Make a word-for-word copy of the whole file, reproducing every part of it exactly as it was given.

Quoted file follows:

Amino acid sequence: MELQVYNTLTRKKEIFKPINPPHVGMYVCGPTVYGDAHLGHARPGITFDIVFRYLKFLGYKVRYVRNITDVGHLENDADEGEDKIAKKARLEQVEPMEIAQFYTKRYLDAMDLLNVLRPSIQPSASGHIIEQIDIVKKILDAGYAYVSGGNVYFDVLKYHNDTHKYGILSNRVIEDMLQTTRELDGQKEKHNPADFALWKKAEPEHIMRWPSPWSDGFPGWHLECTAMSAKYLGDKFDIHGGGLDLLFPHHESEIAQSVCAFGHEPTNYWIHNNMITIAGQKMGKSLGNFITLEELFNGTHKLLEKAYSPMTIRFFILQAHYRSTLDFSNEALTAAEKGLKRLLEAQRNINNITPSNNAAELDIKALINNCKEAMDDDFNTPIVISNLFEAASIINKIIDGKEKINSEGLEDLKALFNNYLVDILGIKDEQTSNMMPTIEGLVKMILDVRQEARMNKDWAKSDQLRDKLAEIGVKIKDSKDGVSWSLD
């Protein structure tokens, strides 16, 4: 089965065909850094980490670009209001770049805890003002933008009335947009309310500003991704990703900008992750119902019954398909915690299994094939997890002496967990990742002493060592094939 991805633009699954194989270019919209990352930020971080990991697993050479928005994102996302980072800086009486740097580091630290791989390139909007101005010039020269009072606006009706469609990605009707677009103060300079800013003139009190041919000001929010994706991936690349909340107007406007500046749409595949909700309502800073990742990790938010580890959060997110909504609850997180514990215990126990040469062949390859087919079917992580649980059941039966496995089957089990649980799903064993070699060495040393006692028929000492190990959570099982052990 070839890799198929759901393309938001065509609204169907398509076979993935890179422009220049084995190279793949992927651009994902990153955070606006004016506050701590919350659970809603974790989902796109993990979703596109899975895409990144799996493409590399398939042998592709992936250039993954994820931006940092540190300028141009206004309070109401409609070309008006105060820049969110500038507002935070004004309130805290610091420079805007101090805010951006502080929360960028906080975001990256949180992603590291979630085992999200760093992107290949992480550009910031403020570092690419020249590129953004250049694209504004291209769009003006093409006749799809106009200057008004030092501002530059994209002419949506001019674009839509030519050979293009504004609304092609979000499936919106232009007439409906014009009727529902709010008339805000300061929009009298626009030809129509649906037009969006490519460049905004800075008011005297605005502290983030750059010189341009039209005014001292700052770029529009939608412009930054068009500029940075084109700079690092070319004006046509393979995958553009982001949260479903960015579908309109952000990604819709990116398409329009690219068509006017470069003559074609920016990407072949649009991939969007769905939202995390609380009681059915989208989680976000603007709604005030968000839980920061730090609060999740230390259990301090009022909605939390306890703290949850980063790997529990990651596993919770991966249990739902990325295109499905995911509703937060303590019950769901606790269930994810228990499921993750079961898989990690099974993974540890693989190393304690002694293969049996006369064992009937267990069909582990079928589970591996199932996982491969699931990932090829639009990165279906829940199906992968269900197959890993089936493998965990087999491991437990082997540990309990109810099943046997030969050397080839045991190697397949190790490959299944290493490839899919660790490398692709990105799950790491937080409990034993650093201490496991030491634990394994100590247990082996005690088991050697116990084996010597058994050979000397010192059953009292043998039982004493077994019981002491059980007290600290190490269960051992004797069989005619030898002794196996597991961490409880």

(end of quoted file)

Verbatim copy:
Amino acid sequence: MELQVYNTLTRKKEIFKPINPPHVGMYVCGPTVYGDAHLGHARPGITFDIVFRYLKFLGYKVRYVRNITDVGHLENDADEGEDKIAKKARLEQVEPMEIAQFYTKRYLDAMDLLNVLRPSIQPSASGHIIEQIDIVKKILDAGYAYVSGGNVYFDVLKYHNDTHKYGILSNRVIEDMLQTTRELDGQKEKHNPADFALWKKAEPEHIMRWPSPWSDGFPGWHLECTAMSAKYLGDKFDIHGGGLDLLFPHHESEIAQSVCAFGHEPTNYWIHNNMITIAGQKMGKSLGNFITLEELFNGTHKLLEKAYSPMTIRFFILQAHYRSTLDFSNEALTAAEKGLKRLLEAQRNINNITPSNNAAELDIKALINNCKEAMDDDFNTPIVISNLFEAASIINKIIDGKEKINSEGLEDLKALFNNYLVDILGIKDEQTSNMMPTIEGLVKMILDVRQEARMNKDWAKSDQLRDKLAEIGVKIKDSKDGVSWSLD
């Protein structure tokens, strides 16, 4: 089965065909850094980490670009209001770049805890003002933008009335947009309310500003991704990703900008992750119902019954398909915690299994094939997890002496967990990742002493060592094939 991805633009699954194989270019919209990352930020971080990991697993050479928005994102996302980072800086009486740097580091630290791989390139909007101005010039020269009072606006009706469609990605009707677009103060300079800013003139009190041919000001929010994706991936690349909340107007406007500046749409595949909700309502800073990742990790938010580890959060997110909504609850997180514990215990126990040469062949390859087919079917992580649980059941039966496995089957089990649980799903064993070699060495040393006692028929000492190990959570099982052990 070839890799198929759901393309938001065509609204169907398509076979993935890179422009220049084995190279793949992927651009994902990153955070606006004016506050701590919350659970809603974790989902796109993990979703596109899975895409990144799996493409590399398939042998592709992936250039993954994820931006940092540190300028141009206004309070109401409609070309008006105060820049969110500038507002935070004004309130805290610091420079805007101090805010951006502080929360960028906080975001990256949180992603590291979630085992999200760093992107290949992480550009910031403020570092690419020249590129953004250049694209504004291209769009003006093409006749799809106009200057008004030092501002530059994209002419949506001019674009839509030519050979293009504004609304092609979000499936919106232009007439409906014009009727529902709010008339805000300061929009009298626009030809129509649906037009969006490519460049905004800075008011005297605005502290983030750059010189341009039209005014001292700052770029529009939608412009930054068009500029940075084109700079690092070319004006046509393979995958553009982001949260479903960015579908309109952000990604819709990116398409329009690219068509006017470069003559074609920016990407072949649009991939969007769905939202995390609380009681059915989208989680976000603007709604005030968000839980920061730090609060999740230390259990301090009022909605939390306890703290949850980063790997529990990651596993919770991966249990739902990325295109499905995911509703937060303590019950769901606790269930994810228990499921993750079961898989990690099974993974540890693989190393304690002694293969049996006369064992009937267990069909582990079928589970591996199932996982491969699931990932090829639009990165279906829940199906992968269900197959890993089936493998965990087999491991437990082997540990309990109810099943046997030969050397080839045991190697397949190790490959299944290493490839899919660790490398692709990105799950790491937080409990034993650093201490496991030491634990394994100590247990082996005690088991050697116990084996010597058994050979000397010192059953009292043998039982004493077994019981002491059980007290600290190490269960051992004797069989005619030898002794196996597991961490409880």